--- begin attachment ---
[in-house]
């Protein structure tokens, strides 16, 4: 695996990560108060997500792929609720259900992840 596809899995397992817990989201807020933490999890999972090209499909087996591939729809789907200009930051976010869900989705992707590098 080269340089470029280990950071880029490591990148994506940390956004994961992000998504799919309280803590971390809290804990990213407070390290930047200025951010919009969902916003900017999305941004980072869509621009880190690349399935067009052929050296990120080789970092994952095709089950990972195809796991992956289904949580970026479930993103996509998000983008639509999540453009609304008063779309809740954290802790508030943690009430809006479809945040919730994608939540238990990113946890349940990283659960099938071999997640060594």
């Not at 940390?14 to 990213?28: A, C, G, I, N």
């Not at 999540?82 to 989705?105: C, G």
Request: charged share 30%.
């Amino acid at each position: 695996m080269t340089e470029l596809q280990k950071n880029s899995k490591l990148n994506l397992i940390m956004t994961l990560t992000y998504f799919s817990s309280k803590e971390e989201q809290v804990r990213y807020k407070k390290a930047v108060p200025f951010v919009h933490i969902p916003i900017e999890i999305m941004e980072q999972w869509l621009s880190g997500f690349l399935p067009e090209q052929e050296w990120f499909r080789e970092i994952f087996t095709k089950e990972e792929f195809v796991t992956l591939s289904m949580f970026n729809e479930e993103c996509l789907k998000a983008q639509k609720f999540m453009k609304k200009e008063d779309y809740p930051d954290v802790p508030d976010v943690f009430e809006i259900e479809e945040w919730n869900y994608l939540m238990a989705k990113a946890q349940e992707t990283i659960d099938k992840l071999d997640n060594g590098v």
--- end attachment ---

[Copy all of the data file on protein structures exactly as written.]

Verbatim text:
[in-house]
């Protein structure tokens, strides 16, 4: 695996990560108060997500792929609720259900992840 596809899995397992817990989201807020933490999890999972090209499909087996591939729809789907200009930051976010869900989705992707590098 080269340089470029280990950071880029490591990148994506940390956004994961992000998504799919309280803590971390809290804990990213407070390290930047200025951010919009969902916003900017999305941004980072869509621009880190690349399935067009052929050296990120080789970092994952095709089950990972195809796991992956289904949580970026479930993103996509998000983008639509999540453009609304008063779309809740954290802790508030943690009430809006479809945040919730994608939540238990990113946890349940990283659960099938071999997640060594």
């Not at 940390?14 to 990213?28: A, C, G, I, N």
């Not at 999540?82 to 989705?105: C, G």
Request: charged share 30%.
């Amino acid at each position: 695996m080269t340089e470029l596809q280990k950071n880029s899995k490591l990148n994506l397992i940390m956004t994961l990560t992000y998504f799919s817990s309280k803590e971390e989201q809290v804990r990213y807020k407070k390290a930047v108060p200025f951010v919009h933490i969902p916003i900017e999890i999305m941004e980072q999972w869509l621009s880190g997500f690349l399935p067009e090209q052929e050296w990120f499909r080789e970092i994952f087996t095709k089950e990972e792929f195809v796991t992956l591939s289904m949580f970026n729809e479930e993103c996509l789907k998000a983008q639509k609720f999540m453009k609304k200009e008063d779309y809740p930051d954290v802790p508030d976010v943690f009430e809006i259900e479809e945040w919730n869900y994608l939540m238990a989705k990113a946890q349940e992707t990283i659960d099938k992840l071999d997640n060594g590098v």